Iain Miller is a partner specialising in regulation and public law at Kingsley Napley. He agrees that employers have a responsibility to use NDAs ethically. ‘There’s one school of thought that says all NDAs should be banned, but there’s also an accepted view that organisations can enter into NDAs for commercial purposes,’ he says. ‘My feeling is that NDAs should exist, but there should be much greater care over their use in an employment landscape.’

Elise Groulx Diggs, an international human rights lawyer, an Associate Tenant at Doughty Street Chambers and Vice-Chair of the IBA Business Human Rights Committee, says the issue of NDAs overshadows a broader cultural threat of abuse of power. ‘To me the failure is really about the wider issue of due process,’ she says. ‘There have been many institutional failures and disincentives, including threats that put pressure on women and other victims not to complain, to remain silent about cases of abuse and harassment. This remains a really big cultural issue that has been going on for so long and NDAs were just one of a number of tools that were "slapped on top" of workplace cultures to enforce silence. It’s about the domination of one group by another, just in this case it’s men dominating women in the workplace or men dominating people lower down on the totem pole.’

Regulatory challenge

The UK’s government’s proposals move it closer to the US, where six states have already passed laws to impose limits on private companies using NDAs in sexual harassment cases. At least 10 other states are considering similar legislation.

A week after the UK announced its plans, a MP in the House of Lords exercised parliamentary privilege to name Topshop owner Sir Philip Green as the businessman who obtained a privacy injunction to prevent UK media from publishing allegations made against him by former employees. Dubbed the British #MeToo scandal, this and other cases have prompted renewed questions about the role of lawyers in preventing allegations being reported to the appropriate authorities.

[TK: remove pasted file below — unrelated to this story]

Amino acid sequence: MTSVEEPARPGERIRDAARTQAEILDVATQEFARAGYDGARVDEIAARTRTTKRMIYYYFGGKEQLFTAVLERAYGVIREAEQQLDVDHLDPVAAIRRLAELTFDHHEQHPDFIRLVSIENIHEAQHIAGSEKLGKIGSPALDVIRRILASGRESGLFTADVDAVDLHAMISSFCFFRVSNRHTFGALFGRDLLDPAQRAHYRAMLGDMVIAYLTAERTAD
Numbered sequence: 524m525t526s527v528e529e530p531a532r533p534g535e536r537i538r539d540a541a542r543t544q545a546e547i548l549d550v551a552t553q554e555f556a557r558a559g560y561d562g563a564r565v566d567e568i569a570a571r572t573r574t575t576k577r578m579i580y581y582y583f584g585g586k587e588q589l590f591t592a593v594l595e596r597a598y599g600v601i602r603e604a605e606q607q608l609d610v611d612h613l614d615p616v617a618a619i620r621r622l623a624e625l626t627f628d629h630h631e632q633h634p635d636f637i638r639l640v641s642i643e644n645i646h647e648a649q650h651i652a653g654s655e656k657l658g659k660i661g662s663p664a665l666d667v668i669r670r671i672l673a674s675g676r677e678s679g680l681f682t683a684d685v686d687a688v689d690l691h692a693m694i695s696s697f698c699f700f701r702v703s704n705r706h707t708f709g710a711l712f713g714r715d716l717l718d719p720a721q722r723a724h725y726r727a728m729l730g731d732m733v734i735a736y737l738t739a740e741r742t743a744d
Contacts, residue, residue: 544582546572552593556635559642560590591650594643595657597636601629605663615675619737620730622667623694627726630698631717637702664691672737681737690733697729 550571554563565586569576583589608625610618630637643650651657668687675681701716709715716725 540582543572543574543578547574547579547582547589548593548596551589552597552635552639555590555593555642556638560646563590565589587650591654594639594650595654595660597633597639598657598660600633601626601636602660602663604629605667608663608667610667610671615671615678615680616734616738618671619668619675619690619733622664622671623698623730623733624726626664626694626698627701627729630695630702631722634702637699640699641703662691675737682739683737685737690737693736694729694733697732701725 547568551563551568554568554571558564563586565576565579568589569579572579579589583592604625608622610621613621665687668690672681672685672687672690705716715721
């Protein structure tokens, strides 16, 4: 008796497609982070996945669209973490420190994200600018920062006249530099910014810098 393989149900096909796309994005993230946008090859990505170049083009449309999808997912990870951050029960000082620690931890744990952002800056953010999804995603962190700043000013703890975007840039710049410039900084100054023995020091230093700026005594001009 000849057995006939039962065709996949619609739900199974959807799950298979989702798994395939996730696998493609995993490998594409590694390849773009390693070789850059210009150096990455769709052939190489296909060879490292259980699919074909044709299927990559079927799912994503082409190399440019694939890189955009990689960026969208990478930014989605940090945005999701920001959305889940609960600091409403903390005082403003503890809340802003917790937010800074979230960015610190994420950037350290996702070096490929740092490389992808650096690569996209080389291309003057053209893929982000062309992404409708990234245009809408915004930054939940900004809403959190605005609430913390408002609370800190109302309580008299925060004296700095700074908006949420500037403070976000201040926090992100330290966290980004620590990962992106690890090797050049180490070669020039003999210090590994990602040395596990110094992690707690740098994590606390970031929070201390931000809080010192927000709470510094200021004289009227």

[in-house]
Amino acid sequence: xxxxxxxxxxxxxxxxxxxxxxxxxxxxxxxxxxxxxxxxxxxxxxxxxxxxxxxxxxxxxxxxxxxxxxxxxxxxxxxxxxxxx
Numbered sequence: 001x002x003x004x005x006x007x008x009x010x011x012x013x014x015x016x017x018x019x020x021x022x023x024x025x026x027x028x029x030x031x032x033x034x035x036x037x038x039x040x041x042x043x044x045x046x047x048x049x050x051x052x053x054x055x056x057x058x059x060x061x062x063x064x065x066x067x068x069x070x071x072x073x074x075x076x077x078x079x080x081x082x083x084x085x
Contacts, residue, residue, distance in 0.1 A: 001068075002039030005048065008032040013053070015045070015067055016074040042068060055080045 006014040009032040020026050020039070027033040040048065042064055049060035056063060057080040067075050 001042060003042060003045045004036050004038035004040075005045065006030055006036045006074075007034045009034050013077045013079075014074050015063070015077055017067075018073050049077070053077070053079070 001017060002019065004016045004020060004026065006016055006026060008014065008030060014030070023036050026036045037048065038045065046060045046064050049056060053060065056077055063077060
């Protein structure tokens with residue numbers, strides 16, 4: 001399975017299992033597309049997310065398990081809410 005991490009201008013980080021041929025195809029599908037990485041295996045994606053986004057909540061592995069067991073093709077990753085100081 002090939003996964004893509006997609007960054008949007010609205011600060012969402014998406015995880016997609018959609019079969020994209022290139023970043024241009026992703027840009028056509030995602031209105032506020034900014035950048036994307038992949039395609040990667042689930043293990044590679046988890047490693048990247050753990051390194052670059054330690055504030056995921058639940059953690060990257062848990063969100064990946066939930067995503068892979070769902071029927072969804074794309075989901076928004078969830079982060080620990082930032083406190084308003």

Sir Phillip Green

The Solicitors Regulation Authority (SRA) issued a notice in March 2018 warning lawyers about the risks posed by NDAs. This move was commended by the Select Committee in its July report. However, it noted legal regulators could still do more to advise lawyers on the repercussions ‘if they sexually harass clients or colleagues or if they misuse NDAs to silence victims of sexual harassment.’

The notice prompted a steady rise in reported incidents of sexual harassment or misconduct within law firms. The SRA received 19 reports of cases in the six months from 1 November 2017 and 1 June 2018, compared with 12 cases for the whole of the previous 12-month period. The regulator is currently investigating more than 50 ongoing cases related to sexual misconduct. Eight of these involve NDAs being used to conceal sexual harassment.

It’s unknown when the SRA will report its findings, but Miller is encouraged that so many lawyers are coming forward. ‘What would have previously been seen as an HR issue is now a regulatory issue and as well as HR consequences there are also reporting obligations to the SRA,’ he says. ‘The level of tolerance has definitely reduced and now it’s about encouraging an environment where these acts can’t take place and an environment where people feel they can speak out.’